Press "Enter" to skip to content

It’s nuclear, it’s now and it’s happening — whether you like it or not

Eskom has recently announced that it will most likely be going ahead with South Africa’s second nuclear power station. The draft scoping report has been completed and it looks as if Koeberg might be the most likely site for the station.

Last week, French President Sarkozy visited South Africa and apparently spoke to President Mbeki about French companies’ involvement in nuclear power stations in South Africa. (One would think that after the arms-deal debacle they would just stay away.)

And this week we are being “blessed” with the presence of Patrick Moore. A proponent for nuclear energy, Moore will be travelling around South Africa telling people that nuclear is not all that bad — actually, he is saying that nuclear power is good and the way to go! This comes from someone who in the 1970s was a leading figure in Greenpeace campaigning against nuclear power.

There is nothing wrong with changing your mind — but at least have some compelling arguments for the change of opinion. Moore proposes that nuclear energy:

  • has a low contribution to global warming, as there is little greenhouse-gas emission;
  • could reduce the dependence on fossil fuels;
  • could generate a high amount of energy from a single plant; and
  • is available and not subject to fluctuations in energy production experienced with solar or wind energy.
  • Apart from the low emissions of greenhouse gases, the rest of the arguments are just deceitful. For starters, not pumping fumes into the air does not negate the fact that poisons would be dumped into the Earth’s soil and water. We have not yet found a solution to dealing with radioactive waste. Moore suggests that nuclear waste “is no more dangerous than many other chemicals. The trick is to keep it contained and limit our exposure to it.” Is he out of his tree? Has this man looked at how well we’ve done so far in containing harmful substances?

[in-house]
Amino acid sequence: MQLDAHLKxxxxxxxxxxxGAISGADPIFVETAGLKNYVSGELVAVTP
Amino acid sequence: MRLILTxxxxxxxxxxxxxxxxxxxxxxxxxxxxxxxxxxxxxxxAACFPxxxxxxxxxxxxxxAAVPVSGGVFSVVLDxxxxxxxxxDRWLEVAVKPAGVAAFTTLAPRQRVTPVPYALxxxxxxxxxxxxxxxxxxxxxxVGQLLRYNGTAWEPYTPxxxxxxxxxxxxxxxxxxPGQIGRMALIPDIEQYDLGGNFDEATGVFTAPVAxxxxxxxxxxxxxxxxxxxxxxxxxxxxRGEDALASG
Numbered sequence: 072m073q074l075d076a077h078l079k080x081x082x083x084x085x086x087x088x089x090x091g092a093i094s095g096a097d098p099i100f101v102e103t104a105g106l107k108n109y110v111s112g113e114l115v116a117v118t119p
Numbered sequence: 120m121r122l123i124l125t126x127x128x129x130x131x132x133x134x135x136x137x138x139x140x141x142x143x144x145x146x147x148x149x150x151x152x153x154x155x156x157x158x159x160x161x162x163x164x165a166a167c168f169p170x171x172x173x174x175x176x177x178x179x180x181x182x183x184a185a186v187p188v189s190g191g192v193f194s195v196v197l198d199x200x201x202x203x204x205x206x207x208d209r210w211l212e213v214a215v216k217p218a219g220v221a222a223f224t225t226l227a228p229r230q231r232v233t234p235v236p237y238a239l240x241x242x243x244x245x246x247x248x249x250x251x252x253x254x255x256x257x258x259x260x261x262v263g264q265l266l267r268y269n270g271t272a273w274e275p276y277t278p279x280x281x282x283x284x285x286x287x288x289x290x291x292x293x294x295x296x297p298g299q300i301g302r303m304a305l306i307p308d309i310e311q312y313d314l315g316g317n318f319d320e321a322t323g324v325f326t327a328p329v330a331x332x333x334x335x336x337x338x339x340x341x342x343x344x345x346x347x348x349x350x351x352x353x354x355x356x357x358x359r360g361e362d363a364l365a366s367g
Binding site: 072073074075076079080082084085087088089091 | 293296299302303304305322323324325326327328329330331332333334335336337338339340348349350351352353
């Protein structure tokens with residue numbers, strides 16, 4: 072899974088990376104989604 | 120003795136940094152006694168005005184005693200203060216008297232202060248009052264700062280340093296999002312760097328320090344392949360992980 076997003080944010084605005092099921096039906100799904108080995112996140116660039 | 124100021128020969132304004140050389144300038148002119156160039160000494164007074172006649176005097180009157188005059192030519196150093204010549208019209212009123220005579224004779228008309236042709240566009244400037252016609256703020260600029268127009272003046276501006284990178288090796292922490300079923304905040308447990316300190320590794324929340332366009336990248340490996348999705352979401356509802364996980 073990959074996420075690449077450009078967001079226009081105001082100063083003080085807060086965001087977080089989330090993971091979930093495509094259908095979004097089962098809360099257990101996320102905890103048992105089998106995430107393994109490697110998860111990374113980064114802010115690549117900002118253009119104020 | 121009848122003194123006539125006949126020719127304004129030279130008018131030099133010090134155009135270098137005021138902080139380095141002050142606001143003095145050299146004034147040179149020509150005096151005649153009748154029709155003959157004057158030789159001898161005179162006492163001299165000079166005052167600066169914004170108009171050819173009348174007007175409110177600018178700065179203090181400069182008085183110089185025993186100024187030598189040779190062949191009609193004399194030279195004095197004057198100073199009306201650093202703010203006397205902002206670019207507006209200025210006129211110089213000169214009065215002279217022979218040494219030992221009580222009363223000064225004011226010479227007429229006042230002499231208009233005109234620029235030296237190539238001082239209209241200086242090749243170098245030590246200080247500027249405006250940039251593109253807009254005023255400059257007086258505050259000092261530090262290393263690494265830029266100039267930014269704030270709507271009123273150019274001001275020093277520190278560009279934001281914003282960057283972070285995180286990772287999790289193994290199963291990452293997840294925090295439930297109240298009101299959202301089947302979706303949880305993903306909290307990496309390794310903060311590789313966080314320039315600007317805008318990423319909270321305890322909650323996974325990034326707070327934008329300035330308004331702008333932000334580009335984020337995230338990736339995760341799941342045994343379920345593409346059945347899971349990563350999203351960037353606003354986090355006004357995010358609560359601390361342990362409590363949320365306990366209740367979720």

The reckless manner in which industry has dealt with dangerous chemicals is proof that we cannot trust it to work with even more harmful substances in a responsible manner. Even with the best security and safety standards, accidents can still happen. In addition, it is foolish to compare nuclear waste to other chemicals. Unlike other substances, the waste from nuclear energy has to be looked after for hundreds, if not thousands, of years. So we may not give the Earth a death sentence by the climate-change noose, but by a lethal injection of nuclear waste instead. Either way it is still a death sentence!

    Notwithstanding the waste, nuclear power is just not sustainable. Not only does it take many years to develop a nuclear power station, but uranium (the energy source for nuclear power) is also in short supply. It is believed that the supply of uranium is estimated to last for only 30 to 60 years, depending on the demand. So in the short term the technology may be available, but in the long term it will also be subject to fluctuations. It just does not make business sense to invest billions in something that has such a short life span and that will be such a liability to the environment.

    And then what happens when the uranium is depleted and all we have left is nuclear waste? Hmm, I guess we could use the nuclear waste to make weapons! Well that will solve the problem of the waste for sure and then we could just nuke each other to death. Lovely, just lovely …